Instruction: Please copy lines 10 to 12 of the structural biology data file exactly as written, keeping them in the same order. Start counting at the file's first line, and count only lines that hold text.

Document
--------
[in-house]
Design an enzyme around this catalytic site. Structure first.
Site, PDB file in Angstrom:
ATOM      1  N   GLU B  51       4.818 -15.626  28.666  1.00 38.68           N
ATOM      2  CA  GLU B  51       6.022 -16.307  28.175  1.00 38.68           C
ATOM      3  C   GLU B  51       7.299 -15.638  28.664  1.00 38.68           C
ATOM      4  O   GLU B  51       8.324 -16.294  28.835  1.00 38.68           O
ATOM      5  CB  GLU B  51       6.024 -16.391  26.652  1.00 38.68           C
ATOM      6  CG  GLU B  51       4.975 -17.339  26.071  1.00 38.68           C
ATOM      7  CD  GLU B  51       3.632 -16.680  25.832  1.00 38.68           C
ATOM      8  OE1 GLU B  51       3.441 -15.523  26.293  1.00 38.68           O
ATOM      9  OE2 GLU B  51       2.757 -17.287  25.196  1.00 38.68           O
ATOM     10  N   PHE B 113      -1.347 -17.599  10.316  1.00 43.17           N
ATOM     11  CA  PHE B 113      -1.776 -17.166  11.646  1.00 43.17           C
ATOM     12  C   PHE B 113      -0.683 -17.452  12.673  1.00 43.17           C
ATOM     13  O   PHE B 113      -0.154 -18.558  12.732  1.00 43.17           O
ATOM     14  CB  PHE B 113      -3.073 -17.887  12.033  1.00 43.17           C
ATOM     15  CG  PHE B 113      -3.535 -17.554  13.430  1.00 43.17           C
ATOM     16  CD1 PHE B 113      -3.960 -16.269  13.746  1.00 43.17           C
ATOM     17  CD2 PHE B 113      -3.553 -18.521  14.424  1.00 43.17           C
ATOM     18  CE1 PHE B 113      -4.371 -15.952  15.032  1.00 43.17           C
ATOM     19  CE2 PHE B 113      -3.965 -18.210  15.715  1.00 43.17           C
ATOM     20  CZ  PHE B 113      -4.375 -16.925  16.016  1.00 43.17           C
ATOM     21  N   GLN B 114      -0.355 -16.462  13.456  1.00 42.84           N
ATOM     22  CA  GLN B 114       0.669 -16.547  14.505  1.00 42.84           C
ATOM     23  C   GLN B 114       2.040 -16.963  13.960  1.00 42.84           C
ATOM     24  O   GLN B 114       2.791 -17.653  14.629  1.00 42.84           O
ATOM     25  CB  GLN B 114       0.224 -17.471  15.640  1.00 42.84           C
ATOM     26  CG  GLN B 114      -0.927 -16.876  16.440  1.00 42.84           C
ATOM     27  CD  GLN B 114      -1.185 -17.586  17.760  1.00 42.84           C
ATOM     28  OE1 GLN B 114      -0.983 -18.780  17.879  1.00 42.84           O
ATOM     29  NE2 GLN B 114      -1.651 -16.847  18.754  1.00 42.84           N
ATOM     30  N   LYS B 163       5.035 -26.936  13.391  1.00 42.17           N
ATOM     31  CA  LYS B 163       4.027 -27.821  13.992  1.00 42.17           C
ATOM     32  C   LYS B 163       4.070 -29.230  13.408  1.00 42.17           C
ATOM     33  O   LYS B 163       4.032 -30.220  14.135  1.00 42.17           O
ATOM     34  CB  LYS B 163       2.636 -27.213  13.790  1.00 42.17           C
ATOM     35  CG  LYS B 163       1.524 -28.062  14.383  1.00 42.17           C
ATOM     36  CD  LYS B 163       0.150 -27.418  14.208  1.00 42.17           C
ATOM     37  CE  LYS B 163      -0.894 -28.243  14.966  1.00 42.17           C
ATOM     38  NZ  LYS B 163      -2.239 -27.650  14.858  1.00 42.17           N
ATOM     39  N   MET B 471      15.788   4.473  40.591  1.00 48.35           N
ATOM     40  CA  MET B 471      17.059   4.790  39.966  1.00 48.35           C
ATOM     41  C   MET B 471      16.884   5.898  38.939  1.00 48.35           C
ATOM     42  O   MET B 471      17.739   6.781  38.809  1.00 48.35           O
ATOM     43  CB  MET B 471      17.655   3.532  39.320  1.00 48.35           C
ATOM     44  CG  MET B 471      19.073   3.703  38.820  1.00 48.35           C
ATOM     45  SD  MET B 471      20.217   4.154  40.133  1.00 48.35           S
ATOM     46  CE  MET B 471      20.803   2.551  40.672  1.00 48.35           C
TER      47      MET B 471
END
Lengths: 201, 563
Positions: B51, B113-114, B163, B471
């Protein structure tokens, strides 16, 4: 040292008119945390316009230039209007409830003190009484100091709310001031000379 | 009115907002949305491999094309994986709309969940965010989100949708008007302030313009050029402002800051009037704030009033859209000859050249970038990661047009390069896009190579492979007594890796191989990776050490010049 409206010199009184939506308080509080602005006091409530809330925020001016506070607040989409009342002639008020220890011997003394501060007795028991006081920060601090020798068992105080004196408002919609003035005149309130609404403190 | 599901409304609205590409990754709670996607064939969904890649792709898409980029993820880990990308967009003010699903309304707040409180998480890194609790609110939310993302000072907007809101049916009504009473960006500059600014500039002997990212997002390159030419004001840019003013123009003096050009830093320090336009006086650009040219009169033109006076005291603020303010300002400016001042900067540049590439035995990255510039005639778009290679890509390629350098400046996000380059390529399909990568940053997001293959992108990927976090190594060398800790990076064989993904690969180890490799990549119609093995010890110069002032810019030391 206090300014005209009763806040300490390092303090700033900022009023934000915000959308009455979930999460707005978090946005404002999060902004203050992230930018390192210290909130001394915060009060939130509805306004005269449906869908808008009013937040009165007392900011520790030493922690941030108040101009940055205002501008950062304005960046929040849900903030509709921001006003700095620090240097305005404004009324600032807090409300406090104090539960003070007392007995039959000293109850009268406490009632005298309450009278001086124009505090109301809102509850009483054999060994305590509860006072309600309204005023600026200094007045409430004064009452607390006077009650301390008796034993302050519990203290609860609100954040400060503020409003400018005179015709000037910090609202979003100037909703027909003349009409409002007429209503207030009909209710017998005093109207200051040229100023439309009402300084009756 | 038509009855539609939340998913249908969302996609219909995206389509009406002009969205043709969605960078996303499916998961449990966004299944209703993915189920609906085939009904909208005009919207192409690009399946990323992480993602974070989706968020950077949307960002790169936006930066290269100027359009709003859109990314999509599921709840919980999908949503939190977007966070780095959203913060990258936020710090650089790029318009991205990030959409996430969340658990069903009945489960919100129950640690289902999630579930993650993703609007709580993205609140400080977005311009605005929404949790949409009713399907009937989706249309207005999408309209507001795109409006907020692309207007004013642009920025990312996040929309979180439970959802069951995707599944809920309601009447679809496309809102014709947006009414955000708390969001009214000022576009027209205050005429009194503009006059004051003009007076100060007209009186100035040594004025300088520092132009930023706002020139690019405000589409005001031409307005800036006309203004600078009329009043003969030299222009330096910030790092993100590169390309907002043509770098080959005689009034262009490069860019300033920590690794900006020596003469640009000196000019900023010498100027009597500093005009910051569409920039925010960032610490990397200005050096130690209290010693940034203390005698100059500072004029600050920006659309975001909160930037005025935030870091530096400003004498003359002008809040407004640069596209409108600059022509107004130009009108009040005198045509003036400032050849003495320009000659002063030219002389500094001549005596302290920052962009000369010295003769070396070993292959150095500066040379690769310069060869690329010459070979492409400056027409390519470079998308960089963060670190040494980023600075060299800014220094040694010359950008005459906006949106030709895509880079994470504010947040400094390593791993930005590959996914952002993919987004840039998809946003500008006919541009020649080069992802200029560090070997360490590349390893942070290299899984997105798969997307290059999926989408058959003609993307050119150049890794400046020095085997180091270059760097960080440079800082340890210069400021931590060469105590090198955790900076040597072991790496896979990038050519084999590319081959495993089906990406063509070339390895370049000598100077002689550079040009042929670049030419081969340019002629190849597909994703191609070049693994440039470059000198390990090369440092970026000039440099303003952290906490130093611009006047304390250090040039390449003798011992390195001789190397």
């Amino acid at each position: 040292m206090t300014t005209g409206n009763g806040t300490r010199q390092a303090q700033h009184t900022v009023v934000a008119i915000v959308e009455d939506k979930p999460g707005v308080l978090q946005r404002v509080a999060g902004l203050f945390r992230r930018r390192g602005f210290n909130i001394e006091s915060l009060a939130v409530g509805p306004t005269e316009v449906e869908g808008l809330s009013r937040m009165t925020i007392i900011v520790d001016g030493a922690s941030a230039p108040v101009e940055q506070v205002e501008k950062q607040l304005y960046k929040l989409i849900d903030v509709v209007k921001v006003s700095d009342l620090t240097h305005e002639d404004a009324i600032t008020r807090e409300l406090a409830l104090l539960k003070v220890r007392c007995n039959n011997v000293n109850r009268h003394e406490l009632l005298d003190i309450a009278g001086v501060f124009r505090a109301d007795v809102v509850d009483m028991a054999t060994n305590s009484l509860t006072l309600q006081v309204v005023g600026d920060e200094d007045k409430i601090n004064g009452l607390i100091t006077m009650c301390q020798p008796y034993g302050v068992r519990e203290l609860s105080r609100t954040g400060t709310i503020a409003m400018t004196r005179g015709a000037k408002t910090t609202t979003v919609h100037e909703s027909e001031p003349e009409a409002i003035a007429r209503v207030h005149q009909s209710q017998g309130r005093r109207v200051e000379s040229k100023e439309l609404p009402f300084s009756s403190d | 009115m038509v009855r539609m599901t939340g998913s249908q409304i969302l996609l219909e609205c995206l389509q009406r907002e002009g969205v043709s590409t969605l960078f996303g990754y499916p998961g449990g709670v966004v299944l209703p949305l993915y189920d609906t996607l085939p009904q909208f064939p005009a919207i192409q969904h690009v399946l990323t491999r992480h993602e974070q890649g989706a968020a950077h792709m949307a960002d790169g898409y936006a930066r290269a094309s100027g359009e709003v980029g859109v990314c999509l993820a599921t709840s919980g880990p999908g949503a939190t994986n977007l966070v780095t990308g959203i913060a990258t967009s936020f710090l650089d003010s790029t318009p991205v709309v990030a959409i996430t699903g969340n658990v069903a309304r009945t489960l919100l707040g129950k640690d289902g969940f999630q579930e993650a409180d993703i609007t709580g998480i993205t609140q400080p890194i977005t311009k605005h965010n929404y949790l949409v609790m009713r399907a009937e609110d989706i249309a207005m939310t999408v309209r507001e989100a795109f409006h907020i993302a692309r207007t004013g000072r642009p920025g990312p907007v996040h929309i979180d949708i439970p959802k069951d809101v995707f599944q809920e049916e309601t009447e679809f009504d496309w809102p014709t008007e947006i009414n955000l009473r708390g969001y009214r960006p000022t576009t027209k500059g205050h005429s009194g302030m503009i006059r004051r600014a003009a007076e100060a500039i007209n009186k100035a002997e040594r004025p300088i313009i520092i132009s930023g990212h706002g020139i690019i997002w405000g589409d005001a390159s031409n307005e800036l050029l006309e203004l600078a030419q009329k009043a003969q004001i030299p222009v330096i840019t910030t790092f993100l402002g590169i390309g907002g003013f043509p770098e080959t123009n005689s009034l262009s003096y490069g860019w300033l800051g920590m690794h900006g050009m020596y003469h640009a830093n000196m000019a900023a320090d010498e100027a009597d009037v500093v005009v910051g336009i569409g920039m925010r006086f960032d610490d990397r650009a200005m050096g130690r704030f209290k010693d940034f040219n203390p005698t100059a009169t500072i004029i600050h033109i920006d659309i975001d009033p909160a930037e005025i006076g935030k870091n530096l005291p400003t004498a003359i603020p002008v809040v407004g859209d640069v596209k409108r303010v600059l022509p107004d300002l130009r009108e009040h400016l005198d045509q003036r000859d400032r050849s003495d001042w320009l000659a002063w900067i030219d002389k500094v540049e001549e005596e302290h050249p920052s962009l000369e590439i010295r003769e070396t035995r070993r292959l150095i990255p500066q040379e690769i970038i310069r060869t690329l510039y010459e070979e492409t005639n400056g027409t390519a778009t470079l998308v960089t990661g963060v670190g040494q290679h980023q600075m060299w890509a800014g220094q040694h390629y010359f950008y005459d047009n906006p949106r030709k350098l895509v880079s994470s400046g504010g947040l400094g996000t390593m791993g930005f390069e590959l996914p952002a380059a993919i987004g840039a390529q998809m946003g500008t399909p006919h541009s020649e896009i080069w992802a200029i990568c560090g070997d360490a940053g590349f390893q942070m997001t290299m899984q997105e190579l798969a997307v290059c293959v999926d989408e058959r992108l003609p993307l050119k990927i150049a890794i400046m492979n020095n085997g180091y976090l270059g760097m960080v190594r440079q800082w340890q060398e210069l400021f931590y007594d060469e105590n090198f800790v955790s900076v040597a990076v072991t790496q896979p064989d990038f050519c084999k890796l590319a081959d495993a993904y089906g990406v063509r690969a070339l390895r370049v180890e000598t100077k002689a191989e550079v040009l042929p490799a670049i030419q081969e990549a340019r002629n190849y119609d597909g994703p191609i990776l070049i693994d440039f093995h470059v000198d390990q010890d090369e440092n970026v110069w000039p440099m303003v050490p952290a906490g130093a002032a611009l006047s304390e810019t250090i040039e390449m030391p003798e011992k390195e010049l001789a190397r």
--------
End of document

ATOM      7  CD  GLU B  51       3.632 -16.680  25.832  1.00 38.68           C
ATOM      8  OE1 GLU B  51       3.441 -15.523  26.293  1.00 38.68           O
ATOM      9  OE2 GLU B  51       2.757 -17.287  25.196  1.00 38.68           O